Thursday, June 5

Confusing Communication: 2.0 Blues


I’ve never been a big fan of attaching 2.0 to everything. Anymore, it seems cliché and tends to cause more confusion than it’s worth. But it is what it is.

Among the latest to get attention in 2.0 game is the Enterprise 2.0, which the Enterprise 2.0 Conference defines as “the technologies and business practices that liberate the workforce from the constraints of legacy communication and productivity tools like email. It provides business managers with access to the right information at the right time through a web of inter-connected applications, services and devices … and makes accessible the collective intelligence of many, translating to a huge competitive advantage in the form of increased innovation, productivity and agility.”

It seemed worthwhile to mention today in light of a study released by AIIM (hat tip: Chapel), which is a non-profit organization focused on helping users to understand the challenges associated with managing documents, content, records, and business processes. AIIM surveyed 441 end users and found that most recognize Enterprise 2.0 as critical to the success of their business goals and objectives, but few had a clear understanding of what Enterprise 2.0 means.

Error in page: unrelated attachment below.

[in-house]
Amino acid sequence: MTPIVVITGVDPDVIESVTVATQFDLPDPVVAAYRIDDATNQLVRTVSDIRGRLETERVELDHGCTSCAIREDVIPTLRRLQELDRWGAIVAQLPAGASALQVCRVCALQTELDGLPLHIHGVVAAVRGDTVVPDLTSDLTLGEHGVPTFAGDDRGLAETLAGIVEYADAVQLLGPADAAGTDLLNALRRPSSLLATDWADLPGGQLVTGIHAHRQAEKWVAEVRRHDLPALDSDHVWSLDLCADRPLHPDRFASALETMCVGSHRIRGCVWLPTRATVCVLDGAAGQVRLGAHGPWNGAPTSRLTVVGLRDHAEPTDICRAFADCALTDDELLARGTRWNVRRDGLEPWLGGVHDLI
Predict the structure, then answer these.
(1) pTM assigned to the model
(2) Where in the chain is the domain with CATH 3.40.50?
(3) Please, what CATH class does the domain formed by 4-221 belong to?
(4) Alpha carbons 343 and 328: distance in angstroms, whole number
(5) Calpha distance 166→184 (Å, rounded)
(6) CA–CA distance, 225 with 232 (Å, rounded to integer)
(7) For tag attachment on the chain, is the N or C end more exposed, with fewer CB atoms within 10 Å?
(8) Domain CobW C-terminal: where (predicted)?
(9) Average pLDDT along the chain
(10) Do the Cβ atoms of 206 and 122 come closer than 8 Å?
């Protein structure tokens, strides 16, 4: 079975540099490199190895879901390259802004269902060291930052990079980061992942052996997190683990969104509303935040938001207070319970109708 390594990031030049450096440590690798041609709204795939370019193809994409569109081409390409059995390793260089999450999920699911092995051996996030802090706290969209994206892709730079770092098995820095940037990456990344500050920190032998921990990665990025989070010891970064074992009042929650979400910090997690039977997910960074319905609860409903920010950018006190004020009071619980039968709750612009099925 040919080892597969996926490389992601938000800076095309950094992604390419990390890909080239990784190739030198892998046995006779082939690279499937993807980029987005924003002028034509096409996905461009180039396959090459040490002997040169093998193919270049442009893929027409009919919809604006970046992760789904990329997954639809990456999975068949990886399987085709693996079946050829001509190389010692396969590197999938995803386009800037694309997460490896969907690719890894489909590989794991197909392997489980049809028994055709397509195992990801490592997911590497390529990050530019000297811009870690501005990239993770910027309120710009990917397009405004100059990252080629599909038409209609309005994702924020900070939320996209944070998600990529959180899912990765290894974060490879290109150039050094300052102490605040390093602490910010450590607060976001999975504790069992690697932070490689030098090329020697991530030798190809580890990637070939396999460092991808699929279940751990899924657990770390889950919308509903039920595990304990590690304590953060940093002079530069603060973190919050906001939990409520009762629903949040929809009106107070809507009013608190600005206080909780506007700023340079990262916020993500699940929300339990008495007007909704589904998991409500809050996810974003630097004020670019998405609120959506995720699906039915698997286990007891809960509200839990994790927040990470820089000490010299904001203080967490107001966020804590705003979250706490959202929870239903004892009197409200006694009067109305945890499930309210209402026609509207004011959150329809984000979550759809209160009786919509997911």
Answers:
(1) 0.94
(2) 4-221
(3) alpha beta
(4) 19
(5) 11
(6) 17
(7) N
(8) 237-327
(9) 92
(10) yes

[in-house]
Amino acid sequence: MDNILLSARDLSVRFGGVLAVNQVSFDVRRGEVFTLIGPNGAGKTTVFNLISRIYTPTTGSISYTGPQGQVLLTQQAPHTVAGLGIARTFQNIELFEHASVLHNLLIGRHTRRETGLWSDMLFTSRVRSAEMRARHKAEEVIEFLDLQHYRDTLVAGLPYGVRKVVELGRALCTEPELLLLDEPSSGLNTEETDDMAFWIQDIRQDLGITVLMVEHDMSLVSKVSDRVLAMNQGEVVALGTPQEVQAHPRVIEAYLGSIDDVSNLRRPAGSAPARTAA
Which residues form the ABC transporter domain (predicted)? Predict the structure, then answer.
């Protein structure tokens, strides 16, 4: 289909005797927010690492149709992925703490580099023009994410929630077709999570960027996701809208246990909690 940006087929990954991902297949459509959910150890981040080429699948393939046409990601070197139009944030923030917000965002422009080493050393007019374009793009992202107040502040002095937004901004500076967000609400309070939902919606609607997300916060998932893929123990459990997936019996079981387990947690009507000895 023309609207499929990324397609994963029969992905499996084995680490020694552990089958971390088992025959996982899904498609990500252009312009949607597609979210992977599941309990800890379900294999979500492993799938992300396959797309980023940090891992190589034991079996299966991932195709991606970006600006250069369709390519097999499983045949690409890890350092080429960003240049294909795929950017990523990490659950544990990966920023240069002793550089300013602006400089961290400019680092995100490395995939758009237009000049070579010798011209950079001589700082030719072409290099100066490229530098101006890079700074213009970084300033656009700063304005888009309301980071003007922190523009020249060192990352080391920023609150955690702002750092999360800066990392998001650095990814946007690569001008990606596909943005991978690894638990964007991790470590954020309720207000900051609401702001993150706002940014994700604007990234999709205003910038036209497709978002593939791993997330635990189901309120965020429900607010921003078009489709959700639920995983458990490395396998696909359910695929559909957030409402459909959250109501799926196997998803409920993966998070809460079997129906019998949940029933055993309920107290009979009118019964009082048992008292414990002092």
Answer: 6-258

Specifically, 44 percent said Enterprise 2.0 is imperative or significant to corporate goals and objectives, but 74 percent said they only have a vague familiarity or no clear understanding of it. It's interesting to me because it’s almost the same answer from the polar opposite end of the spectrum of the Welch’s ad opinions.

Maybe we really need simpler definitions so people making decisions can understand what they think is critical to the success of their business. Really, all Enterprise 2.0 seems to be is utilizing social media tools for better cross-departmental internal communication. Now that seems pretty smart once you get past the gibberish that does the opposite of what Enterprise 2.0 is supposed to do.

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